25 Years Have Passed Since Finding Birthmother

I was sitting around doing nothing a few days ago and suddenly the thought came into my mind; today, March 25th would be the 25th anniversary since I found my birthmother. First I could not believe that 25 years had already passed. Secondly it caused me to reflect back on my 4 year search, 12 year relationship, the bitter end of our relationship and finally the almost 10 years since she passed away.

Today as I commemorate what was a momentous day in my life it is bitter sweet as I reflect all that passed in the 25 years that have gone by.

I began my search in early 1982 when there was no Internet to make searches somewhat easier for folks. It was a long, costly 4 years to reach this day in 1986. The cost was physical, mental as well as financial.

Shortly after beginning my search I sat down and wrote a letter to my birthmother which I would send if I found her; whether she ever agreed to a relationship or not. I gave her a copy of the letter when we first met but kept the original which later was published in my book:

1st Letter to Birthmother:


I also shared the story of my search/discovery which led to this day 25 years ago:




Not quite two months after this date we were to meet for the very first time though I was already 36 years old. I was to find out the story I had longed to hear for many years…WHY? I would also learn much more, some I was did care to find out but never the less was part of the reunion experience. Her story, our relationship and the bitter end is shared below:

 Birthmother’s Story:


Below was to be the final letter ever written to my birthmother. There would be numerous attempts at a reconciliation on my part but it never was to be; as you read in the previous link. She would never read the letter but eventually I was able to read it to her whether she wanted to hear it or not.


Last Letter to Birthmother:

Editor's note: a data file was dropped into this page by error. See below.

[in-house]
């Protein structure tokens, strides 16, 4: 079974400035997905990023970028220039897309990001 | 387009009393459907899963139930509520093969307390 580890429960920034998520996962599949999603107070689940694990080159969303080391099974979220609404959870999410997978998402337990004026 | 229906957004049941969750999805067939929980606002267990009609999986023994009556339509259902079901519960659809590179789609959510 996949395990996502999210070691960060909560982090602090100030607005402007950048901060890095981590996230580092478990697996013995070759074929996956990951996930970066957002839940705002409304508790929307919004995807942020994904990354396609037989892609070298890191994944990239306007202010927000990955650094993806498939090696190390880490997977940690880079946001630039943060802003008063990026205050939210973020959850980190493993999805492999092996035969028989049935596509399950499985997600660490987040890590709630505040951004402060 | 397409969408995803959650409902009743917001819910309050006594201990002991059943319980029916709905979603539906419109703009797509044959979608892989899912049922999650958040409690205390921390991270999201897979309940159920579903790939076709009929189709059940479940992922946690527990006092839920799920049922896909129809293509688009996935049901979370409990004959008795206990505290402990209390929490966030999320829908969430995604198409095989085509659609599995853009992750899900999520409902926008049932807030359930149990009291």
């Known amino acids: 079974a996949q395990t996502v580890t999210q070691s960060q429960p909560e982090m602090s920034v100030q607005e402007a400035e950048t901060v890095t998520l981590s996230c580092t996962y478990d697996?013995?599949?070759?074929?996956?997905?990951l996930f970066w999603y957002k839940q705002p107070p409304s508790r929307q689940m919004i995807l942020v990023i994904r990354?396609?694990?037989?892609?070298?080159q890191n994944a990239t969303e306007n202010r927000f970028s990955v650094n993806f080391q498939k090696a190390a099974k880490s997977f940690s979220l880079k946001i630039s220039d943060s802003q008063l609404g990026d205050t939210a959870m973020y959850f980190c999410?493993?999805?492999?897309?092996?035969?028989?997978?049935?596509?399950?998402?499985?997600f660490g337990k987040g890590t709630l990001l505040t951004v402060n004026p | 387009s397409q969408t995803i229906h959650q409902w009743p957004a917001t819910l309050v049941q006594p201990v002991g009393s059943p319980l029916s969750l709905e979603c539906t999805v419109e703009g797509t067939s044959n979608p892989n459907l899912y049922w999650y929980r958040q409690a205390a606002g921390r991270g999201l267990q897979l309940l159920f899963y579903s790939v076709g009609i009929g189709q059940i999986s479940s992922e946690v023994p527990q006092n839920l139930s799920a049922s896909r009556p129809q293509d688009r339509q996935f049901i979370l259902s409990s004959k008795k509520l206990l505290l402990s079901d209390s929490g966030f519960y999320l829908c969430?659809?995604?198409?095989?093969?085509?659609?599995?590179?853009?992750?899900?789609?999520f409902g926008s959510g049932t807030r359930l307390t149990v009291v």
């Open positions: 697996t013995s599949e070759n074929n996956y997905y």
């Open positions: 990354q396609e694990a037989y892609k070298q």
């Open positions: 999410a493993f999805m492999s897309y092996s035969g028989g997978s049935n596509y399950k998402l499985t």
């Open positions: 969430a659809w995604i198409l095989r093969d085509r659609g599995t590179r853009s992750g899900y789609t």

On October 23, 2001, my birthmother passed away.

In 1982 I began my search in the valley, never knowing if in the end it would result in my finding her. Today, 25 years ago I reached the mountaintop as I found her. This resulted in a stormy, strained 12 year relationship which ended with me back in the deep valley.

Though I stated my answer many times in the past several years I am still asked, Was the search worth it & do you regret having done it?

Yes, absolutely the search was worth it and I DO NOT regret having pursued it nor any of the things that passed in the years since.

I found out who I was, my heritage, answers to so many questions I had while growing up and most of all I was able to have a 12 year relationship with my birthmother. We were able to experience things we never would have if I had not taken the risk of searching for her. The search and all that followed made me a stronger person. I was in many ways able to put my childhood and most of its heartaches behind me, though at times the wounds do reopen for a period.

I thank God that my birthmother did not chose to have a back alley abortion, which is all that was available back in 1950. I am also thankful that she made the wise decision to give me up for adoption though that never came to be. I am thankful the she was a part of my life, even for a brief period and for the pain she caused.

Today as I commemorate this 25th anniversary I continue to pray that in death she found the peace she never was able to find in life and I raise a glass to her thankful that she gave me life!


4 Responses

  1. Larry, I am so thankful that you can give me insight into how my boys must feel and the feelings they may experience as they get older and realize that they were adopted and all that that means. It is no secret that they are adopted; but I am not sure they quite get it yet, as they are 7 years old now.
    God bless you for being such an understanding son. This post is very inspiring.
    Thank you for sharing!!

  2. Amazing story. Well done. At least you can rest assured that your mother did not know you when abandoning you. Think about those whose mothers knew them (age 8 – 11) and then abandoned them. I think it much worse emotionally and the scares much deeper when you actually have bonded for a decade.

    • David, this is a misconception. From the moment my daughter was born, I loved her as only a mother could. My soul was amputated the day that I was forced to sign those papers. I love her no less than my raised children. There are women who relinquish chldren for adoption that do not love nor want them. MOST, however, wanted thier children and were/are severely traumatized by the seperation. The majority of us suffer from post-traumatic stress and do not retain most of our memories surrounding birth or adoption. We are tossed back into society breasts bound, bleeding from birth and told to forget and never speak of the family shame again. Reunion can bring back these memories.

  3. This was a bit of a tough one for me. Your understanding and acceptance is amazing. I am very troubled by your natural mothers reaction to you. As a mother of adoption loss, I was fully prepared that if I found my daughter in jail, a prostitute, stripper, drug addict, etc that I would love her and accept her. If she was gay? Lol, that would NOT be on my agenda for a so called “issue”. Thank you for sharing your story.

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